Study Guide

Phil Resch in Do Androids Dream of Electric Sheep?

By Philip K. Dick

Phil Resch

Abandon all spoilers, ye who enter here. Our analysis of Phil Resch's character is going to be chock-full of spoilers. This is because we really can't talk about him without revealing whether he is an android or a human. So, spoiler warnings are in full effect on this one starting…now.

A Tale of Two Hunters

Phil Resch is a fellow bounty hunter and briefly Rick's partner. They meet in the android-run police station where Resch is employed, and just about the first thing we see Resch do is shoot his superior officer Garland, right when Resch realizes that the guy's an android.

Nice to meet you too, Resch.

This shooting saves theirs butts (Garland is about to preemptively kill them) but not before Garland manages to suggest to Rick that Resch just might be an android with false memories. Resch eventually picks up on this doubt, and both of them start to question his humanity—and not just because he's a stone-cold killer.

Resch comes down on the human side. He claims he can't possibly be an android because he owns a squirrel—a real one. As he tells Rick, "I own an animal; not a false one but the real thing. A squirrel. I love the squirrel, Deckard" (11.52). The underlying argument is that an android couldn't possibly care for a squirrel because it only cares about itself.

But Deckard isn't convinced, especially after he guns down Luba Luft in cold blood. As he tells Resch, "I see a pattern. The way you killed Garland and then the way you killed Luba. You don't kill the way I do; you don't try to—Hell," [Rick] said. "I know what it is. You like to kill. All you need is a pretext" (12.62).

Eventually, both men's theories are put to the Voigt-Kampff test, and the results come back negative. Resch is a human through and through. But why does the novel play this game with us? Why not just come out and reveal Resch is a human from the start?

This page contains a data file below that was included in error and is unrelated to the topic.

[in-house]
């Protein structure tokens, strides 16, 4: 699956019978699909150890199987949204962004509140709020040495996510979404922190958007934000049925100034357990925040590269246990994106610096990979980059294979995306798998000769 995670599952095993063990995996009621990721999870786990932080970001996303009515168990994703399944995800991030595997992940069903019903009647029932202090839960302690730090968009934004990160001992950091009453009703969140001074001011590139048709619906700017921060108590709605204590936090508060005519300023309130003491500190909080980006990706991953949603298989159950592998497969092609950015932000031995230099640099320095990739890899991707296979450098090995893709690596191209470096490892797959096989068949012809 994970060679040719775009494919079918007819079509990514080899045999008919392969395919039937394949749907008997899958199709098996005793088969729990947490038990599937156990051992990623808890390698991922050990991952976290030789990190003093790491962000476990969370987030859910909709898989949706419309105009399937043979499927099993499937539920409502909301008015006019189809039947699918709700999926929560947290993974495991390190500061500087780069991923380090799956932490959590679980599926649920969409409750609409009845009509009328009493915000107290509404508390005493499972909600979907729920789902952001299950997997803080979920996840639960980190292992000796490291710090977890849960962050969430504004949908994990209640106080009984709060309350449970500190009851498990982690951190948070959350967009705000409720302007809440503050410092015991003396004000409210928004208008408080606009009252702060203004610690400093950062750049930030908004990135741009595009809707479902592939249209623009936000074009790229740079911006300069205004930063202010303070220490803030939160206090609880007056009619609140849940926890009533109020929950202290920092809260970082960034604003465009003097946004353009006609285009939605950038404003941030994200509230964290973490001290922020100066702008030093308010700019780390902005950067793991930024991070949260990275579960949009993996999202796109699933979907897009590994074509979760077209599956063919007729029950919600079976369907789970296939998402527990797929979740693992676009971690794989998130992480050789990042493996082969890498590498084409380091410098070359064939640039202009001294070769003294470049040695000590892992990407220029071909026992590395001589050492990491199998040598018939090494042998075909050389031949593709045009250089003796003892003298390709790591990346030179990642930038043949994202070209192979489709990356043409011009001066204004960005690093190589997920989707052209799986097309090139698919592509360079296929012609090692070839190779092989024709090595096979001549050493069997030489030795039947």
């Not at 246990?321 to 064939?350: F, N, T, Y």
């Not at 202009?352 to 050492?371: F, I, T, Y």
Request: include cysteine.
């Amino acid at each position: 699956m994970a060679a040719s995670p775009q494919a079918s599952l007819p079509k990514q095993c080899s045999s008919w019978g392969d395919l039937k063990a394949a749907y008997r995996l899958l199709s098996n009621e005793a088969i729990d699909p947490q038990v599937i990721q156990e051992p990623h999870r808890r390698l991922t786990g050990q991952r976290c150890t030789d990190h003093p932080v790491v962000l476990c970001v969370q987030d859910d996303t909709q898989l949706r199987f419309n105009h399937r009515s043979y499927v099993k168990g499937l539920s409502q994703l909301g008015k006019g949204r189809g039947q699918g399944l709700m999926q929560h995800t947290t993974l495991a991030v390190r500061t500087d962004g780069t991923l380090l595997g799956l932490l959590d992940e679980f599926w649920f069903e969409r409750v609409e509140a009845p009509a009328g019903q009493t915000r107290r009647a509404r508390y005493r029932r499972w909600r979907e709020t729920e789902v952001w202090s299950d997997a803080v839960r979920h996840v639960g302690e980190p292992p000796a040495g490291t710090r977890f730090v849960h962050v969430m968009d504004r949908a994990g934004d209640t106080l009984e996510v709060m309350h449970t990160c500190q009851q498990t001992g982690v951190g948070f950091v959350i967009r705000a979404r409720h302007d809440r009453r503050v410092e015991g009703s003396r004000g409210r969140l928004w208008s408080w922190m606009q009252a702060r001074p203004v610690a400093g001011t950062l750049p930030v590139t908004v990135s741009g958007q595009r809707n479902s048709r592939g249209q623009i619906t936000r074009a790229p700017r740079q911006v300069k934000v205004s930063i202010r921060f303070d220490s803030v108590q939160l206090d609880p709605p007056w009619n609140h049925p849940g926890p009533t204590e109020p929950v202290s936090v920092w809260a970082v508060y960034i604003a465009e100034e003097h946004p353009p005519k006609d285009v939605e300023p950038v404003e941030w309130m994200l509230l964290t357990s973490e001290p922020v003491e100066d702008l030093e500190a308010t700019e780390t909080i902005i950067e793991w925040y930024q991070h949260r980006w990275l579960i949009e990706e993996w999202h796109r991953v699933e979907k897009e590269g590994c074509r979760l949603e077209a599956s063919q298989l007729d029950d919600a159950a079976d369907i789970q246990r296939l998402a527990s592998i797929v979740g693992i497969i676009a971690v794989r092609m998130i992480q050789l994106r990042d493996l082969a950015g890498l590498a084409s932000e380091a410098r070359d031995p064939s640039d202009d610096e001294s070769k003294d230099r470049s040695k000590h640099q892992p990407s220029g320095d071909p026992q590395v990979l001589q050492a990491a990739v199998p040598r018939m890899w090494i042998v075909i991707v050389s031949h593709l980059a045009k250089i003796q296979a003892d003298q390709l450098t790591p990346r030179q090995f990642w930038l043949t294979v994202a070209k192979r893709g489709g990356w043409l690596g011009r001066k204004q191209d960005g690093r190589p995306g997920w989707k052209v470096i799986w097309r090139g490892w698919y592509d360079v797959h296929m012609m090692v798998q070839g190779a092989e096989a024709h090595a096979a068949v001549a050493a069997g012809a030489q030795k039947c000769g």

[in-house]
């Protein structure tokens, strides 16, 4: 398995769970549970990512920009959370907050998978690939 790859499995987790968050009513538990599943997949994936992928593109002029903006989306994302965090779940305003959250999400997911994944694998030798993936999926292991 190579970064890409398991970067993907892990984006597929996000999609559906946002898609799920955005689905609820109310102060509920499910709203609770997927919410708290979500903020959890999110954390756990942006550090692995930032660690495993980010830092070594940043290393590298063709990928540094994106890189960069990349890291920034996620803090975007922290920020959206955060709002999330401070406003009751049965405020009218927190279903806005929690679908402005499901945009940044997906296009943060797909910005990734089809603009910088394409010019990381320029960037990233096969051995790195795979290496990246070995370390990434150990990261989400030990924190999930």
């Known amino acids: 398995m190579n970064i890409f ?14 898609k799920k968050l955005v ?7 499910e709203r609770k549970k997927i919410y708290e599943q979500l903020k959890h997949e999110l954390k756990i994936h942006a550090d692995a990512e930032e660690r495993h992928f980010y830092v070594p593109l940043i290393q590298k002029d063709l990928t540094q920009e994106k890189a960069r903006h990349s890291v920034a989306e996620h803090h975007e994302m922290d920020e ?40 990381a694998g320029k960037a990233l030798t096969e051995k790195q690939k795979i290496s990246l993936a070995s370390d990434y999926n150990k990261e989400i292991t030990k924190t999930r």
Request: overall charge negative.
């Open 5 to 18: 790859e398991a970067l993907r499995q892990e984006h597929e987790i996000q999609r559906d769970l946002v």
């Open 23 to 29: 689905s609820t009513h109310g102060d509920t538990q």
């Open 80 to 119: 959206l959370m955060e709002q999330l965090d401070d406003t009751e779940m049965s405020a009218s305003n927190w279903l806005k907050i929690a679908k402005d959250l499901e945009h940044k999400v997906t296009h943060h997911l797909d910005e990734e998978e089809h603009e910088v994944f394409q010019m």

Nega-Rick

Oh, just for the little reason that Resch is Rick's foil, the character we're meant to compare and contrast with our protagonist. In fact, we're not the only ones making that comparison. Rick does it himself, recognizing in Resch a part of himself that he doesn't like.

This comparison triggers a major change for Rick. After the Voigt-Kampff test, Rick realizes that Resch's lack of empathy toward androids makes him a good bounty hunter—and a bad human (12.128). As he tells Iran after buying the goat:

"I met another bounty hunter," [Rick] said. "One I never saw before. A predatory one who seemed to like to destroy them. For the first time, after being with him, I looked at [the androids] differently. I mean, in my own way I had been viewing them as he did." (15.65)

This is a major contrast from Resch's reasoning for bounty hunting, which is that the Nexus-6 "would roll all over [humanity] and mash us flat." For Resch, bounty hunters are the only thing protecting mankind and keeping it and androids "distinct" (12.100). You have to police those boundaries, right? Don't want any of that ungodly miscegenation.

Basically, Resch is Rick's possible future. They even go through a lot of the same experiences, like both sleeping with Rachael. The difference? Resch managed to keep on retiring androids afterwards. In fact, he's the only guy who was ever able to be with Rachael and still go out and kill. But—"Going through this," Rick says, "I can't blame him. It warped him" (17.54).

Rick's conflict for the remainder of the novel is to prevent himself from transforming into a person as warped as Resch. Does Rick succeed or does he become Resch v2.0? You'll have to check out his Character Analysis to find out.